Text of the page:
A psychologist who is bed bound for most of her day due to several debilitating conditions is championing the importance of good quality care.
Lolli Mankazana, 48, is speaking out in a bid to help others after suffering years of home help that she says was below par.
Thankfully, after switching care providers, Lolli, who needs someone to help her get dressed, make her breakfast, lunch and dinner and take her out just once a fortnight, is now very happy with the team that visit her.
She is reliant on carers because she suffers from severe and complex ME, chronic kidney disease, which means one day she will require dialysis, and cardiomyopathy, which has caused her heart to fail on several occasions.
Just last year Lolli, who lives in Marston Moretaine, was left feeling unsafe in her own home after items went missing and carers became increasingly dismissive and rude towards her.
“To feel unsafe in your own home is soul destroying,” said Lolli, who was also dealing with the devastating news that both of her parents had been diagnosed with incurable cancers. “The behaviour was getting worse at a time when they knew I was most vulnerable and it made it unbearable and I’m not a weak person,” said Lolli. “I would be scared to ring the office. They were always rude to me on the phone and were dismissive of me.”
She said carers would be ‘extremely late’ when collecting her for appointments and she would be told that there was no-one available to do house cleaning, required because Lolli has a dust allergy.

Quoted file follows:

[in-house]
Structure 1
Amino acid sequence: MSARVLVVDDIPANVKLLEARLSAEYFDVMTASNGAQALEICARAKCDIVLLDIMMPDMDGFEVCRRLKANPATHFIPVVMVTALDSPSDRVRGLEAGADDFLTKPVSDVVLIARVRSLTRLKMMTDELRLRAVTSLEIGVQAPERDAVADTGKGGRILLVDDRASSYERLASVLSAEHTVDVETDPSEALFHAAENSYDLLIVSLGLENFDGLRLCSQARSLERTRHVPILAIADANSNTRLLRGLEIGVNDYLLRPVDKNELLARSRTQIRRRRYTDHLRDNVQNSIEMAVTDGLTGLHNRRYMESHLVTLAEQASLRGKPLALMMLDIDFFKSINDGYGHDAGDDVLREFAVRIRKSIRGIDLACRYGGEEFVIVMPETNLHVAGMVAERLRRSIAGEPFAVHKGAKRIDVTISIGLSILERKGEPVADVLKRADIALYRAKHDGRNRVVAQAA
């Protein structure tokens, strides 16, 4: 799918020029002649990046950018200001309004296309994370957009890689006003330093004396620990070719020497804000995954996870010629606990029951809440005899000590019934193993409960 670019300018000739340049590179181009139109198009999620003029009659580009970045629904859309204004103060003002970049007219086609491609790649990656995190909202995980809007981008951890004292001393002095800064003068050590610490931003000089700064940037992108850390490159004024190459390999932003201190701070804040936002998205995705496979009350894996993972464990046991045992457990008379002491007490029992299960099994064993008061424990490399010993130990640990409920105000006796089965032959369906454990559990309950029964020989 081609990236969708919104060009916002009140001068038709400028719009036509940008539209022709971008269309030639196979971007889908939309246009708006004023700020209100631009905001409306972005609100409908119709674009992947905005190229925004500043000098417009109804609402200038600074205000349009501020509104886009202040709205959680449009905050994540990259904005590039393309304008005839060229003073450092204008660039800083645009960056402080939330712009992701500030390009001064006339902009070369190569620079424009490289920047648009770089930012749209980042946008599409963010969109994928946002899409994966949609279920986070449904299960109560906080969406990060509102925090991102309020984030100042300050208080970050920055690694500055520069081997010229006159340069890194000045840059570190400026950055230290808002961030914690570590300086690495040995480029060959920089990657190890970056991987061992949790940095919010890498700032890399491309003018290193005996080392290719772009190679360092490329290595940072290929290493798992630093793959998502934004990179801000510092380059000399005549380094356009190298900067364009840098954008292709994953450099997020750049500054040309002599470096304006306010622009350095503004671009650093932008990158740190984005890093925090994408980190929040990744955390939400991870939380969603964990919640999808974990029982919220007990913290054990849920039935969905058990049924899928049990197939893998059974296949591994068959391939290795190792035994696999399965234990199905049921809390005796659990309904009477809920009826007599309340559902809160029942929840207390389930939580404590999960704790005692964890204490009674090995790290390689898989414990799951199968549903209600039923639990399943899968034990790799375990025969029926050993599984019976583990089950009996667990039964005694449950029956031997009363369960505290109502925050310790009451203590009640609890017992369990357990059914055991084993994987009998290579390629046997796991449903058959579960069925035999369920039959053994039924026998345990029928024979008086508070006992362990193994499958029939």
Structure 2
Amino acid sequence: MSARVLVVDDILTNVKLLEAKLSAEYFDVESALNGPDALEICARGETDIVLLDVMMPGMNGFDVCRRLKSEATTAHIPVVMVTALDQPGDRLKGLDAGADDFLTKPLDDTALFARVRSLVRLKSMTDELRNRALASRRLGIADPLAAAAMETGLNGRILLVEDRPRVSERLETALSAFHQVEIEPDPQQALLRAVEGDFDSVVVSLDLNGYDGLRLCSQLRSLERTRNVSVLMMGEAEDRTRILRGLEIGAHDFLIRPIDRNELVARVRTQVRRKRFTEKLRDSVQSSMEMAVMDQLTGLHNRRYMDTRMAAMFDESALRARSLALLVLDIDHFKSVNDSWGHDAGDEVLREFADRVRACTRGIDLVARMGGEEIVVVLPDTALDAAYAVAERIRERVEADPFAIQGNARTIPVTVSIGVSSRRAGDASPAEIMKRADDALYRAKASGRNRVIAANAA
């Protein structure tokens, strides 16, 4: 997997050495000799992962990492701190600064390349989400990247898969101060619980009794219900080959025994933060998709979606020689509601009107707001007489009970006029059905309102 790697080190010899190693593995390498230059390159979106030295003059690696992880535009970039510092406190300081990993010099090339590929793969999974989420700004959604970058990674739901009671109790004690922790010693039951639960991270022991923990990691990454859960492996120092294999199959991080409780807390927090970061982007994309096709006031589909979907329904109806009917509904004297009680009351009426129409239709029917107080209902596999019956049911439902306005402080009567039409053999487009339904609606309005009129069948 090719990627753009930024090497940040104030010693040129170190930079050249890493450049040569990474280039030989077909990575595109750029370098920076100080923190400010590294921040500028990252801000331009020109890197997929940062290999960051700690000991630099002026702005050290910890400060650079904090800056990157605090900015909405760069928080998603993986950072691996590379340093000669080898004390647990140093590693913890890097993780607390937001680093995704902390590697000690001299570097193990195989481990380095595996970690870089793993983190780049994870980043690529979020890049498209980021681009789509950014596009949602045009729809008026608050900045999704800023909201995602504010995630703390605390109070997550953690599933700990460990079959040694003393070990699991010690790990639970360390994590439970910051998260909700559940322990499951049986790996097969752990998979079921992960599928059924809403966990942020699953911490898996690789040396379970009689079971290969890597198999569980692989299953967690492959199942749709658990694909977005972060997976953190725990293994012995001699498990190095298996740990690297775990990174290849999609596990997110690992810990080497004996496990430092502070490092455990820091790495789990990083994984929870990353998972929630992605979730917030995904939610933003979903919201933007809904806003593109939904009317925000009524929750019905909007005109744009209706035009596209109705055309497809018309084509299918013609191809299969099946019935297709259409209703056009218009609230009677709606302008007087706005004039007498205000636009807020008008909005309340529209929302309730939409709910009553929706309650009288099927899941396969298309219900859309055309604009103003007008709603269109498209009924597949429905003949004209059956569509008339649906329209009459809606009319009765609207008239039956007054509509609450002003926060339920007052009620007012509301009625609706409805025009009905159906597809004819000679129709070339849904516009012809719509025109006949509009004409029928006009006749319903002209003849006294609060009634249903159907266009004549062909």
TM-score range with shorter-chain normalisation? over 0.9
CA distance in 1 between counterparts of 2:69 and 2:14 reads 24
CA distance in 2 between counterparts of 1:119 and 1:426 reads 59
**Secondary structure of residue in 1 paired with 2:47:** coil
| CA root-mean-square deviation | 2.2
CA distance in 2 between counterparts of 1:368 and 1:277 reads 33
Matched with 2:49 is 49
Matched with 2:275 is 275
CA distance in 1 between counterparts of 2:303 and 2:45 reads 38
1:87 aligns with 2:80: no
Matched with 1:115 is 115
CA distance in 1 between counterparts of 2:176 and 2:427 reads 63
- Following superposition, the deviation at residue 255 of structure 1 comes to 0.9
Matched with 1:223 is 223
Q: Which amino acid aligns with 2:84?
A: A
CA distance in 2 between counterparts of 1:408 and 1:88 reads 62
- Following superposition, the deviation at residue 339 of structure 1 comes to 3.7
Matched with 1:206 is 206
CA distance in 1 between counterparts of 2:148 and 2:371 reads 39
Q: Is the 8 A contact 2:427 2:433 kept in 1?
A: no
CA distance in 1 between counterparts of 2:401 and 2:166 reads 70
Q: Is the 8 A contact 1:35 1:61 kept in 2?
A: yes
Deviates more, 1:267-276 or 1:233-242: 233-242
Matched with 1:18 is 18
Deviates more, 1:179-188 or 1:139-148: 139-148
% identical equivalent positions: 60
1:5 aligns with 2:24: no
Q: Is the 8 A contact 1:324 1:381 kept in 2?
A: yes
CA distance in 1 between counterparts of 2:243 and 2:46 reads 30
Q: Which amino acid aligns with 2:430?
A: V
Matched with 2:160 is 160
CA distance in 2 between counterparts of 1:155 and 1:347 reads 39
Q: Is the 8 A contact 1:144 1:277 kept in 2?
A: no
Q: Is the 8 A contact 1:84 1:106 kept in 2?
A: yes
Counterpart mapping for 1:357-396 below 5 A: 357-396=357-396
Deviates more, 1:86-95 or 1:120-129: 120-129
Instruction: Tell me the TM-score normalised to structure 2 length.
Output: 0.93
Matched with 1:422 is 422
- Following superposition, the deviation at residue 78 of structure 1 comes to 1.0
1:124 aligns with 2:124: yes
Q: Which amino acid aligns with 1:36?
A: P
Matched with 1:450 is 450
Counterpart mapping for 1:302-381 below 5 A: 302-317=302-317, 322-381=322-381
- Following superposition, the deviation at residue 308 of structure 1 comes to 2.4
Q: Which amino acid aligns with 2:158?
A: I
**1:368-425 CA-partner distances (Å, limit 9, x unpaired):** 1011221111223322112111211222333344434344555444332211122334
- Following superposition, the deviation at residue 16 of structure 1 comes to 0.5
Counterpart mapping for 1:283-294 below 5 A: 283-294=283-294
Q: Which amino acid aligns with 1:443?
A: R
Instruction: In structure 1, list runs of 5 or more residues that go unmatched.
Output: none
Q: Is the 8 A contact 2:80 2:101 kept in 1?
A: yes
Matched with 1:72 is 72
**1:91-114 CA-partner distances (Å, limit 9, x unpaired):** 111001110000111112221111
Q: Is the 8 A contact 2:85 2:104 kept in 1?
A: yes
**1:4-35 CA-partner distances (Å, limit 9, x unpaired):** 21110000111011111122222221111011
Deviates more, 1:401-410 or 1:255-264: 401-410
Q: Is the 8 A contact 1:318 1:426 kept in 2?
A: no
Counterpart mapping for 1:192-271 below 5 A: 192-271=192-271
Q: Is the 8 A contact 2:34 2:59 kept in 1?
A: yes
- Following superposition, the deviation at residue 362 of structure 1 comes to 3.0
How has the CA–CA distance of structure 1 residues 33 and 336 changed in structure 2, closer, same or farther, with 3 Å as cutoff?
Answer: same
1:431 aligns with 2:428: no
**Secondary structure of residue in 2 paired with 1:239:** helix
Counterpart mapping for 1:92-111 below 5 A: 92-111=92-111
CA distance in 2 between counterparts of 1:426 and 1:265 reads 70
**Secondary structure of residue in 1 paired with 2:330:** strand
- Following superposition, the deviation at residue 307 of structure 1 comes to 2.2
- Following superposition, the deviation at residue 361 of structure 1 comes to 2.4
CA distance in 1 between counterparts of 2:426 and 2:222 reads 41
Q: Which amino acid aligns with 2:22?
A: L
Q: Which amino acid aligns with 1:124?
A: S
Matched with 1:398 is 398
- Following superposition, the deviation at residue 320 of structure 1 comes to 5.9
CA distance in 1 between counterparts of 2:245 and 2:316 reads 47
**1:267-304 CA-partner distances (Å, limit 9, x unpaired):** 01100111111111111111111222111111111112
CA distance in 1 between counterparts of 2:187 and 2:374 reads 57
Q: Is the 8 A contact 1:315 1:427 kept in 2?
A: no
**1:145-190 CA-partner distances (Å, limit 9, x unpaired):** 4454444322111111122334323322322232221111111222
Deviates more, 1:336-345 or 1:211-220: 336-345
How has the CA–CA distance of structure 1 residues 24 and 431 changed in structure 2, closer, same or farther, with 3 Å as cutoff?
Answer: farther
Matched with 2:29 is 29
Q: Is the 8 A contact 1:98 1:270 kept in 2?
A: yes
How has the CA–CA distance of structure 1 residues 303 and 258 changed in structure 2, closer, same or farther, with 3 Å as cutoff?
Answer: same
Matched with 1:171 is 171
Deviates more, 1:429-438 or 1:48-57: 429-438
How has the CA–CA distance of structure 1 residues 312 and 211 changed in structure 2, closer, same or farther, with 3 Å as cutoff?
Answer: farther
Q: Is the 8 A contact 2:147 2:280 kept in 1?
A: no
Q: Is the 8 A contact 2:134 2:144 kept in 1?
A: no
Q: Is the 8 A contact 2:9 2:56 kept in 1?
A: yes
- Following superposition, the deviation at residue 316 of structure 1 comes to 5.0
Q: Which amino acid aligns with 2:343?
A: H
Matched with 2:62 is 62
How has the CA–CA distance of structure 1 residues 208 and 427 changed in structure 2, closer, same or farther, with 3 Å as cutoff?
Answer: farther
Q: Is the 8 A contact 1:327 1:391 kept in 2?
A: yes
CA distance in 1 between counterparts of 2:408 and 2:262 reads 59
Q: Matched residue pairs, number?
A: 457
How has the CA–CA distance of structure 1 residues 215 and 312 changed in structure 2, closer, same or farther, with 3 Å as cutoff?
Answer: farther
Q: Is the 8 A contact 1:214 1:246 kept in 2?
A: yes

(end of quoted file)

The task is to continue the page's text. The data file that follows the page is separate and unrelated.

Ill health forced her to abandon her work towards a doctorate and before settling in the UK she was a psychologist in South Africa.
Her complex conditions mean she is bed bound for 95 to 99 per cent of her time. “Most of the time I’m in bed,” said Lolli. “Some days I can go down stairs because I have a stair lift and an indoor wheelchair.”
After enduring months of upset due to the way she was being treated by carers, Lolli seeked the help of POhWER - a charity that provides advocacy services to people who experience disability, vulnerability, distress and social exclusion.
She said: “The main message is that I want people who are vulnerable adults to realise that when their care is bad or when they feel they are being treated badly or unfairly by a care company, most care companies will have a complaints service and furthermore one can complain to social services and one can take it further to the local authority.
“I learnt this the hard way. It took me ages and a lot of tears. I was extremely stressed and extremely distressed.”